Kirigami: Japanese art form helps create new lightweight material

23 Aug 2023

Image: Courtesy of the researchers

Described as akin to ‘steel cork’, plate lattice developed by a team of MIT scientists can help create strong and light parts for planes, cars and spacecrafts.

Scientists have created a strong new type of metal-based material based on kirigami – an ancient Japanese art form of folding and cutting paper – which is lighter than cork.

Like the more popular origami, kirigami is the practice of folding and cutting paper to create 3D shapes that are light and firm. By replacing paper with metals, scientists hope this so-called architected material can have customisable mechanical properties.

“This material is like steel cork,” said Prof Neil Gershenfeld, who leads the Center for Bits and Atoms at Massachusetts Institute of Technology (MIT) and is senior author of a new paper on this approach. “It is lighter than cork, but with high strength and high stiffness.”

Known as plate lattice, the material has been built on a much larger scale than scientists have previously been able to achieve by additive fabrication. The custom shapes allow scientists to render metals or other materials new mechanical properties.

The paper was presented at the International Design Engineering Technical Conferences and Computers and Information in Engineering Conference in Boston this week.

“Plate lattices outperform beam lattices in strength and stiffness while maintaining the same weight and internal structure,” said Alfonso Parra Rubio, one of the paper’s co-lead authors.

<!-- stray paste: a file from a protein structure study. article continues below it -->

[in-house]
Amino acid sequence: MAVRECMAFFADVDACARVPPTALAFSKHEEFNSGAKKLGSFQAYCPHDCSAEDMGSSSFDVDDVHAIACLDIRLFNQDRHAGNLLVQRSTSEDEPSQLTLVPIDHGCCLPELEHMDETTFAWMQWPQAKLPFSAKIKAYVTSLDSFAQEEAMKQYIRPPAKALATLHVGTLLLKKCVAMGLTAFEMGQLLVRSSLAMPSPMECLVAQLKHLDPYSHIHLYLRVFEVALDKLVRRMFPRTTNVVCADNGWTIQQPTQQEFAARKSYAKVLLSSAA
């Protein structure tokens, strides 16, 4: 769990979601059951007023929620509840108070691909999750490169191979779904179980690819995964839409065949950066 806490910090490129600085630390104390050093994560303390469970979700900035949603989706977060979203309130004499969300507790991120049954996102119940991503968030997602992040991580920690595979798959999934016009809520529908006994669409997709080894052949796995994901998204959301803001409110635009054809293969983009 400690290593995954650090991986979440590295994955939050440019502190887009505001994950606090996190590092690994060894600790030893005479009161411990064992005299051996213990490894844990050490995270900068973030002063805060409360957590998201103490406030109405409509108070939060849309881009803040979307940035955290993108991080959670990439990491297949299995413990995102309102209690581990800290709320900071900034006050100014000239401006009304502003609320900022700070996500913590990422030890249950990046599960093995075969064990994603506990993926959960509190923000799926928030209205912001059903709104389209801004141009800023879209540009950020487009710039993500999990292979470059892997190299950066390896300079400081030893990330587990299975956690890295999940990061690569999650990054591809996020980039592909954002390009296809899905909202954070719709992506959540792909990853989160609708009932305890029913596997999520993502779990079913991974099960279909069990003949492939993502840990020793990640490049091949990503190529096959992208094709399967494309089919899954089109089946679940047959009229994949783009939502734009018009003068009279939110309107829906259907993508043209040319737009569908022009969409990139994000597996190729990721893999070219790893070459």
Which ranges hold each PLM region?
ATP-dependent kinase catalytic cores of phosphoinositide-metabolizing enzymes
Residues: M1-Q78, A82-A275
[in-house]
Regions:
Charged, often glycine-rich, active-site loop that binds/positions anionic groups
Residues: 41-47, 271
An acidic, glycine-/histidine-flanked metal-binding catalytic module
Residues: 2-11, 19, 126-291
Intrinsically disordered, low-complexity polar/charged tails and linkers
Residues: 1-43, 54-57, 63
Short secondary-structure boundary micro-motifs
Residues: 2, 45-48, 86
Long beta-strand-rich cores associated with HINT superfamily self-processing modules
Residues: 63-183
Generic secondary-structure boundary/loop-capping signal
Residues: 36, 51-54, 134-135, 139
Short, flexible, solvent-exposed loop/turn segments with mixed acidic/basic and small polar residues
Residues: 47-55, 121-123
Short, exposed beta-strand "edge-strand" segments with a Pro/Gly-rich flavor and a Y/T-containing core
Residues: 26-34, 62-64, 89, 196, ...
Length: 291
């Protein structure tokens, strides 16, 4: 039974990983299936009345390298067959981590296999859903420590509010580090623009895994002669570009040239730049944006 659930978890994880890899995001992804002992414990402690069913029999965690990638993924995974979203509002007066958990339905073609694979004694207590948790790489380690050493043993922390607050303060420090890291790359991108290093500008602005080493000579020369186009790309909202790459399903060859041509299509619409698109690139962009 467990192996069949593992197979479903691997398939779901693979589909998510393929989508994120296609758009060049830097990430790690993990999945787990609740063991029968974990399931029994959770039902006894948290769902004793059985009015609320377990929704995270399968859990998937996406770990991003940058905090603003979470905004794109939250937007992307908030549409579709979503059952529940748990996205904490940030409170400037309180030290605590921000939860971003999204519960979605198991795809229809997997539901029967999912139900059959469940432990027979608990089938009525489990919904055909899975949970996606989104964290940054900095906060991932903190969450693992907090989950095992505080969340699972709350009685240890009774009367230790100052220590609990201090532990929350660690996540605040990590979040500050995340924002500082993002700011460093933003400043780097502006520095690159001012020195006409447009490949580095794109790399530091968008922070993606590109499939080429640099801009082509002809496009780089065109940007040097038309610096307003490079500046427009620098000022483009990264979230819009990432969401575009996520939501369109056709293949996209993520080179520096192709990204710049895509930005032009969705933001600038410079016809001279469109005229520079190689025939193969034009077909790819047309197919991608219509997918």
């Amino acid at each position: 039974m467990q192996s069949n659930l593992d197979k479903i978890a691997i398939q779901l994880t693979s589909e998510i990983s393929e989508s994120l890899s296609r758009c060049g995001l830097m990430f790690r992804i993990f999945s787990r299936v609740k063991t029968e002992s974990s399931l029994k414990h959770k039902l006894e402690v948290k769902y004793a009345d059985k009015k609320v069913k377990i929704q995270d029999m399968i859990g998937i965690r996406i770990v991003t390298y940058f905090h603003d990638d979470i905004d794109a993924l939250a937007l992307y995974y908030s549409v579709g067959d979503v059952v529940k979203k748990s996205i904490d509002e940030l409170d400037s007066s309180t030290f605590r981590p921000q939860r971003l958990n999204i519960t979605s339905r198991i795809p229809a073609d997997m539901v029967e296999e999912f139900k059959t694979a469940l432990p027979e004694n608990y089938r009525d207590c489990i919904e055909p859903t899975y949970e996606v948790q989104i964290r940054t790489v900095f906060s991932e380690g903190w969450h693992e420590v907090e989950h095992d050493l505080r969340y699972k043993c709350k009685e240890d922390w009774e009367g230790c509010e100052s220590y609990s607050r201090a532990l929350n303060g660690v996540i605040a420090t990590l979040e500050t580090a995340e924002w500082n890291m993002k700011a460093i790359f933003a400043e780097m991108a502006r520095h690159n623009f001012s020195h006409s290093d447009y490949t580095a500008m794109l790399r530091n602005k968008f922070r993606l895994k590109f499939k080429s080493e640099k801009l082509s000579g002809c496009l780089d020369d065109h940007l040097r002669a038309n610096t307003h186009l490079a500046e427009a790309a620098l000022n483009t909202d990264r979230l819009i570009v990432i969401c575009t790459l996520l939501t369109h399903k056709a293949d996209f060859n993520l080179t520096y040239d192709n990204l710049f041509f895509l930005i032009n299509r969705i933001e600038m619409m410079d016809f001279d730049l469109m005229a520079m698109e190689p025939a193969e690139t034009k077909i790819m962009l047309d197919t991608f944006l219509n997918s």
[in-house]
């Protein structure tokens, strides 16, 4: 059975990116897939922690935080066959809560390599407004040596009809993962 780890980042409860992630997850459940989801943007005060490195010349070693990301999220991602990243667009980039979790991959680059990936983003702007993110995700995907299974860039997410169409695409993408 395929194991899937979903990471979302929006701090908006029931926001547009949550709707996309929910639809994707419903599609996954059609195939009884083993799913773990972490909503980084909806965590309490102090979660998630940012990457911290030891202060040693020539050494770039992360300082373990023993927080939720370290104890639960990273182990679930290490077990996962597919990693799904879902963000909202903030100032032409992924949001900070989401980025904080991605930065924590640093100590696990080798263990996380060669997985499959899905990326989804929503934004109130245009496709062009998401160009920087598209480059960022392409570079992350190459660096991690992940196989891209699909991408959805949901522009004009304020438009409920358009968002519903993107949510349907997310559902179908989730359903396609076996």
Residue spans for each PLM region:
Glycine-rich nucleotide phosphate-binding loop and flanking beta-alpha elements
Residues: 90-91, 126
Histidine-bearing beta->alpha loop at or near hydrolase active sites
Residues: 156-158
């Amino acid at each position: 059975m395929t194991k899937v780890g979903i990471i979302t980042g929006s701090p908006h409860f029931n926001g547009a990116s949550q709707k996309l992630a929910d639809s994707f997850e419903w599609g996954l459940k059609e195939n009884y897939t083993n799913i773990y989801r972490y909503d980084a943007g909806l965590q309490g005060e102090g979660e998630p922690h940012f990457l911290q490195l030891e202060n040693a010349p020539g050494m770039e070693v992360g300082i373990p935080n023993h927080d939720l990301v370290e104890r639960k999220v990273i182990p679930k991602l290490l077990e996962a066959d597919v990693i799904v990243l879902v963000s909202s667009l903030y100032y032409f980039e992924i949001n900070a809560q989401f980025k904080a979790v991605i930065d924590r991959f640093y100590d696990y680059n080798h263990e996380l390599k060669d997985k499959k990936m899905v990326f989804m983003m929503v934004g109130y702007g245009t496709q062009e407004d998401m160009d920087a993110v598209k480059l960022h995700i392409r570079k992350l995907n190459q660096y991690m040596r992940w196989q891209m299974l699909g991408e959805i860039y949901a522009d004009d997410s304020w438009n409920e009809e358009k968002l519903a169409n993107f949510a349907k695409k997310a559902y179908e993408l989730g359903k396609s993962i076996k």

“[Its] construction has been so difficult that there has been little research on the macro scale. We think folding is a path to easier utilisation of this type of plate structure made from metals.”

Others behind the paper include Klara Mundilova, an MIT electrical engineering and computer science graduate student, David Preiss, a graduate student at MIT and Erik Demaine, an MIT professor of computer science.

Lightweight lattices

Using the method, the team produced aluminium structures with a compression strength of more than 62 kilonewtons, but a weight of only 90 kilograms per square metre. In contrast, cork weighs about 100 kilograms per square metre.

The team found that the structures were so strong, they could withstand three times as much force as a typical aluminium corrugation. This means the technique could help scientists produce more lightweight and shock-absorbing components for planes, cars and spacecraft.

“To make things like cars and airplanes, a huge investment goes into tooling. This manufacturing process is without tooling, like 3D printing,” Gershenfeld explained. “But unlike 3D printing, our process can set the limit for record material properties.”

But the method using kirigami plate lattice structures can be difficult to model.

“In my experience producing complex architectural projects, current methods for constructing large-scale curved and doubly curved elements are material intensive and wasteful, and thus deemed impractical for most projects,” said James Coleman, co-founder of design for fabrication and installation firm SumPoint.

“While the authors’ technology offers novel solutions to the aerospace and automotive industries, I believe their cell-based method can also significantly impact the built environment,” he added.

Coleman, who was not involved with this work, thinks the ability to fabricate various plate lattice geometries with specific properties could enable higher performing and more expressive buildings with less material.

“Goodbye heavy steel and concrete structures, hello lightweight lattices!”

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Vish Gain is a journalist with Silicon Republic